Hip hop in Kenya, as around the globe, provides an ideal platform for artists to share their perspectives surrounding issues of social and political importance to both themselves and the larger communities they represent. Through their verses, rappers and MCs have the ability to traverse across barriers to challenge those in power and unify their communities.
In the track “One Day,” Kenyan hip hop artist Julius Owino, or Juliani, does just this, using his music to address the issues affecting Kenyans today and suggest the potential for a better future for the country’s people. The song, which was the first single off of his third album Exponential Potential, touches on the frustrations of a people that, according to data from the World Bank, continue to face devastating levels of poverty in spite of the progress that has been made in the past decade, with a total of 36% of the population still living below the poverty line. Furthermore, as stated by Oxfam International, “Less than 0.1% of the population (8,300 people) own more wealth than the bottom 99.9% (more than 44 million people).” The context of this pervasive economic inequality lends particular power to the song’s line: “Nawakilisha agony ya the 90%,” or in English I represent the agony of the 90%.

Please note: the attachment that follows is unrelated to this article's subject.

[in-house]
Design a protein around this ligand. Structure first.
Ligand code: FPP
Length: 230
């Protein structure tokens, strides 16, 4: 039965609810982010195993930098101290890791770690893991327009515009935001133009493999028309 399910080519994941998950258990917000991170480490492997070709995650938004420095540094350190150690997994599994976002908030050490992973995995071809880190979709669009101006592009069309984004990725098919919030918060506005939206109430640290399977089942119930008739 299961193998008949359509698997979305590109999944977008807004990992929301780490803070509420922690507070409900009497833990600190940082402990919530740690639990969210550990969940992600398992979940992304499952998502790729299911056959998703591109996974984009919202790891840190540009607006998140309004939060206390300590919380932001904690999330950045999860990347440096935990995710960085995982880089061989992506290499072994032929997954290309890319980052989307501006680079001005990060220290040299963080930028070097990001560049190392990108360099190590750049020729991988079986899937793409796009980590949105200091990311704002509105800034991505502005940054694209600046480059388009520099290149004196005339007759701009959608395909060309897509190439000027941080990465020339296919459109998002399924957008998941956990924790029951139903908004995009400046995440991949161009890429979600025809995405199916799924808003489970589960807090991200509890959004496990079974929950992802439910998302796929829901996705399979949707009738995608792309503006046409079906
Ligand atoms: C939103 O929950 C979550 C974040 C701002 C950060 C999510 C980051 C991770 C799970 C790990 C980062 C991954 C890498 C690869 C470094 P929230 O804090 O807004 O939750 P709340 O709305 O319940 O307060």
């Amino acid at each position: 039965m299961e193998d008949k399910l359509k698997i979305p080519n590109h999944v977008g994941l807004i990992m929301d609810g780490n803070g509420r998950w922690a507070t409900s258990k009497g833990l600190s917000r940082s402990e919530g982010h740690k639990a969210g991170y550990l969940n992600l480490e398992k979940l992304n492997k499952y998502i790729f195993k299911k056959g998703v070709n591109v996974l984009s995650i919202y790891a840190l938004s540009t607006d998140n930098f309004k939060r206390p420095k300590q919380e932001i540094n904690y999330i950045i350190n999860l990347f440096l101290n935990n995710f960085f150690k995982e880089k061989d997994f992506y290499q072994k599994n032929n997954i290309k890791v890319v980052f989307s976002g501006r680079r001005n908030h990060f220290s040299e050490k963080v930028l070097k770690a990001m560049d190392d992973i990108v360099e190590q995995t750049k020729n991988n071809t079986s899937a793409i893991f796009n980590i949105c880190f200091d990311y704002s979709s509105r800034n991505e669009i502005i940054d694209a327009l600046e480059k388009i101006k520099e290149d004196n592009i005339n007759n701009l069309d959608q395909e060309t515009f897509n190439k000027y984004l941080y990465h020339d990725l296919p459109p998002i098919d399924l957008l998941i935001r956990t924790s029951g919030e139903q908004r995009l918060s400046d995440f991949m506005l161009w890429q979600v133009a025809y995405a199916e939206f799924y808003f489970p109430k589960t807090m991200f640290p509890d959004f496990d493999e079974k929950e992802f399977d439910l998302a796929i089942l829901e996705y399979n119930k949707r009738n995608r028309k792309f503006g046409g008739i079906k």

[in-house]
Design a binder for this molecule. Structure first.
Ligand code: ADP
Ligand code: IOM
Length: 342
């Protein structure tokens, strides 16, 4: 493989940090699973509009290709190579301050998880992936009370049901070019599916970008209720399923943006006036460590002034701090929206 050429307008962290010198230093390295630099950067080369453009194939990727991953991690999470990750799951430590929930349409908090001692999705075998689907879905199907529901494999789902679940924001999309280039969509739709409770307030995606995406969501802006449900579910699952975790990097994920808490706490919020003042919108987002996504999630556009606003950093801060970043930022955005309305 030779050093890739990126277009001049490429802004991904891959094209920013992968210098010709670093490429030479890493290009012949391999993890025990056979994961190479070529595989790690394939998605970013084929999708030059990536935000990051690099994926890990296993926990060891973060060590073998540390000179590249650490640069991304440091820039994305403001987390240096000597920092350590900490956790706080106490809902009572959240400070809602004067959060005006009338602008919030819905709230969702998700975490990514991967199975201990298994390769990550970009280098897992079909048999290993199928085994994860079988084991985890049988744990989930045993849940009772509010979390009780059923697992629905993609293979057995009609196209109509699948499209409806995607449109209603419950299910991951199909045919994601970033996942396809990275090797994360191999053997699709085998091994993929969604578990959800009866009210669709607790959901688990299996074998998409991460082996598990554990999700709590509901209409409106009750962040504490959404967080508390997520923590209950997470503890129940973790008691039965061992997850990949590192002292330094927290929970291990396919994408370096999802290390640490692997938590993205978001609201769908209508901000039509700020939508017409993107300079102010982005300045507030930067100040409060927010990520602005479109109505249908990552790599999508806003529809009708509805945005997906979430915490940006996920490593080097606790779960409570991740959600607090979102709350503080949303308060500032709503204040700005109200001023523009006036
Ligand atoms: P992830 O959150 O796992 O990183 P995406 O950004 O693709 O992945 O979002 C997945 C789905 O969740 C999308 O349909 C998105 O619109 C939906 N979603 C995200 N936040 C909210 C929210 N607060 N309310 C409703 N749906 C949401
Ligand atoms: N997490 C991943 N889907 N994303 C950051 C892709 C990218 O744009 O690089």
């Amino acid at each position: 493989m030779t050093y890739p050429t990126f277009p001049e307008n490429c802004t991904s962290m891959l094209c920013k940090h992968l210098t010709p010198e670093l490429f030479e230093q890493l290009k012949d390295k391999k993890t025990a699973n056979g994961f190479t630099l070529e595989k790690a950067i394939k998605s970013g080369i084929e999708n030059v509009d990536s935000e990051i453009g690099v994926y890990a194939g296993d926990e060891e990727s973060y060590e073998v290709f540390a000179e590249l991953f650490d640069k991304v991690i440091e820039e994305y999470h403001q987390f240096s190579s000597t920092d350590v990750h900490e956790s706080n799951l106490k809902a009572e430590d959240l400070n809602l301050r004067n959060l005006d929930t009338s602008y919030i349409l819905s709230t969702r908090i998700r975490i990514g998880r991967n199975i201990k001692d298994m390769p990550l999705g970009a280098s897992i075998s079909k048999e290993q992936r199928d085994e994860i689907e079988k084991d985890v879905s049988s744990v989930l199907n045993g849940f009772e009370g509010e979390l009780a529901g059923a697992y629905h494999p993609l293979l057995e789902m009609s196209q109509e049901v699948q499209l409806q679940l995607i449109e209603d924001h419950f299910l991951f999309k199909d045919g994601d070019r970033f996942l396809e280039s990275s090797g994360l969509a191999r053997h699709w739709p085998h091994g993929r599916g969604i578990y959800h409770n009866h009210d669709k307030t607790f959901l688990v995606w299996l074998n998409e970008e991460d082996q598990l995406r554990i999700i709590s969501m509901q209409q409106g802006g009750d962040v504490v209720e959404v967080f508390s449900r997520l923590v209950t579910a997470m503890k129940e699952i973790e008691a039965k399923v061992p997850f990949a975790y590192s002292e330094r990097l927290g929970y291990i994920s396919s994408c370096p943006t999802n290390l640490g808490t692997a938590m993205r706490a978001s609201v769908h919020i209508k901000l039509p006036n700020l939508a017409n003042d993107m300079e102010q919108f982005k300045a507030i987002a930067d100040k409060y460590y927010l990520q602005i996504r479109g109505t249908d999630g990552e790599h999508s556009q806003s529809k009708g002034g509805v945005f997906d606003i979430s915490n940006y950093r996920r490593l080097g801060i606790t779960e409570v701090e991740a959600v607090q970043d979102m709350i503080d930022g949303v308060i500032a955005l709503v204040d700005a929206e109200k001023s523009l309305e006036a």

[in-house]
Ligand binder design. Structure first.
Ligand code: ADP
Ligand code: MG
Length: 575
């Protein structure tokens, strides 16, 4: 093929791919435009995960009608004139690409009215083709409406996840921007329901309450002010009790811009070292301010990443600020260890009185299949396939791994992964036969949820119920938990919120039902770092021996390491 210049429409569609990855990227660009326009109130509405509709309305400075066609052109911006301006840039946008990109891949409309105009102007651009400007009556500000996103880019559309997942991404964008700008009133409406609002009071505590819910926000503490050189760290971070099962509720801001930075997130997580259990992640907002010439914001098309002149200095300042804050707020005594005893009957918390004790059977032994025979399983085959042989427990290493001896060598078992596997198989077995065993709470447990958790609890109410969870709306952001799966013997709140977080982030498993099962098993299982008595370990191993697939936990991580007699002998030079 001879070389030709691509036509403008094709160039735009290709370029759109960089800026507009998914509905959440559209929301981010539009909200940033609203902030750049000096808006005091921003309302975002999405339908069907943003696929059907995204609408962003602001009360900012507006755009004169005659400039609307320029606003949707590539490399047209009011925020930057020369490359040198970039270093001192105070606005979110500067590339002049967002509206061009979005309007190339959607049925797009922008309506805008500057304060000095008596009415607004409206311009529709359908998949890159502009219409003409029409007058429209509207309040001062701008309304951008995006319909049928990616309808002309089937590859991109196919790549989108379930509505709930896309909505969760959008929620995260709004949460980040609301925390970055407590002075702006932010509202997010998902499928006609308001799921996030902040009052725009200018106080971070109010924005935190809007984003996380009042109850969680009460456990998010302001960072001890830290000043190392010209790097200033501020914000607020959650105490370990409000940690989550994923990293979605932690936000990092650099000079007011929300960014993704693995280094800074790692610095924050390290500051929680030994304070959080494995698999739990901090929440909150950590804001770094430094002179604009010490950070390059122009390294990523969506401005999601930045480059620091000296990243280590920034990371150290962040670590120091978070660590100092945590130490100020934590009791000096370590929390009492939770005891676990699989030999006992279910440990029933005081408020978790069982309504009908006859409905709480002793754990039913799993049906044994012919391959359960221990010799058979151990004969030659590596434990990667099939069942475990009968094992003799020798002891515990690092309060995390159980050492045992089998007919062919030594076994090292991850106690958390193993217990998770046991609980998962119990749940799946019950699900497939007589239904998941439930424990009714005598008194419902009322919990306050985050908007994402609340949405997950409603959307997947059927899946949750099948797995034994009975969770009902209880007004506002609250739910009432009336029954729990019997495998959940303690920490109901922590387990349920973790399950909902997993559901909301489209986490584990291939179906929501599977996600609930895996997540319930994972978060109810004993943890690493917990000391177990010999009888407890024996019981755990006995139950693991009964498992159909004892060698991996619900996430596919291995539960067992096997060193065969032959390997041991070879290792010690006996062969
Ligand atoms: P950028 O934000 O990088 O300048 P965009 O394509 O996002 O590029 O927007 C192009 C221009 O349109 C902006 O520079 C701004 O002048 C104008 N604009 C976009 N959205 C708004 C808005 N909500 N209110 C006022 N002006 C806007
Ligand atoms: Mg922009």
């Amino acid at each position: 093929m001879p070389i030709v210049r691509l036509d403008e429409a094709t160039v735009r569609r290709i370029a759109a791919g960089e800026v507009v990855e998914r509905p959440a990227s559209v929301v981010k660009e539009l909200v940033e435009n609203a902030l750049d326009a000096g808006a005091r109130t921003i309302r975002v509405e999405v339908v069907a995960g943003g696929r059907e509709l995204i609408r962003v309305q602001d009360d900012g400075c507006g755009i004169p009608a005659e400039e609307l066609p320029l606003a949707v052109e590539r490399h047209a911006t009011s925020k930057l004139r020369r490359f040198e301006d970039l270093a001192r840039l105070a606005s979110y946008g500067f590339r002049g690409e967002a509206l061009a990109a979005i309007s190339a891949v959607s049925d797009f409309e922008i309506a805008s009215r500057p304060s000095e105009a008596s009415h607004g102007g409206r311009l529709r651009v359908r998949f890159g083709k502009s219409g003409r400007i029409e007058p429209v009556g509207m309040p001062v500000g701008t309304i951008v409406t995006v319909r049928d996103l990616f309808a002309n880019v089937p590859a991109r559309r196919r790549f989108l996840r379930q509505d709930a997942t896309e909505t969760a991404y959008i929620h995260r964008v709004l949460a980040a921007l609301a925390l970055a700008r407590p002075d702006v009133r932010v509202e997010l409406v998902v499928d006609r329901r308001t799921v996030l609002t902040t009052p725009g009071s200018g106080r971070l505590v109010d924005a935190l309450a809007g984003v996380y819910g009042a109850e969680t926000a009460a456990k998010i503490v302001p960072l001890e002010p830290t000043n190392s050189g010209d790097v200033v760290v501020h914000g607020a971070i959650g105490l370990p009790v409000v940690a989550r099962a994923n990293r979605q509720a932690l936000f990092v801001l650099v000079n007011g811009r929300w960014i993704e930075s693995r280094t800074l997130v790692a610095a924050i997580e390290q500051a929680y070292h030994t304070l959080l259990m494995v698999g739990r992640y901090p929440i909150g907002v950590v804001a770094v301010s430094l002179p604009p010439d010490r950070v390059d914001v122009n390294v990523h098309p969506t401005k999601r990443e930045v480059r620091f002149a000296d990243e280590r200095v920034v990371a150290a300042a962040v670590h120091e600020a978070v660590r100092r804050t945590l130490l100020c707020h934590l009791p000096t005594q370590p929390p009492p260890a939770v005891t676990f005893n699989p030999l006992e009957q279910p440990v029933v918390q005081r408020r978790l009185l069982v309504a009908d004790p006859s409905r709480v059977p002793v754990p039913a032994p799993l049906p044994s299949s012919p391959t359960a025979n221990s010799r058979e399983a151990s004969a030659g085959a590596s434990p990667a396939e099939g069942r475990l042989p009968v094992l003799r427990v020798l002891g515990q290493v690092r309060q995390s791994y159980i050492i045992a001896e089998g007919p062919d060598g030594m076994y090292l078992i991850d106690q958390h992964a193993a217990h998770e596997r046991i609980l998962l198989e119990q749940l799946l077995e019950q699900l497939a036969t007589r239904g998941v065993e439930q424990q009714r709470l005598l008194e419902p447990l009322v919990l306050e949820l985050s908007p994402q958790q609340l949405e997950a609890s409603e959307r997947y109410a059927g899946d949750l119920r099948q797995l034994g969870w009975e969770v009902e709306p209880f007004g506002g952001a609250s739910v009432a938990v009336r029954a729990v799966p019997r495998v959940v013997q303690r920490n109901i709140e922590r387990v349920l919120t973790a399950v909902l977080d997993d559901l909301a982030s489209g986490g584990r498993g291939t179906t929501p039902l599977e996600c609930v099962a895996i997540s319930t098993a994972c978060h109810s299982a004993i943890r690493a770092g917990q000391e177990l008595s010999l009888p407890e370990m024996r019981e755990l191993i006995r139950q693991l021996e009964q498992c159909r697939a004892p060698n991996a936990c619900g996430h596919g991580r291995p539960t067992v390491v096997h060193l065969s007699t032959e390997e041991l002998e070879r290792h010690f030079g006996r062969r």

With the exposure that accompanies his musical platform, Juliani has sought to advance causes related to these contemporary issues. For instance, in 2015 he released the track “Wezesha Dada, Inua Jamii,” with the goal of promoting gender equality “by spotlighting inspiring initiatives making a difference to women and girls across Kenyan communities.” And that same year he spoke about the positive role of music during the United Nations’ Nairobi Peace Talks. These initiatives demonstrate the strength of Juliani’s belief in—as he raps in “One Day”—the possibility of “victory through misery” for his people.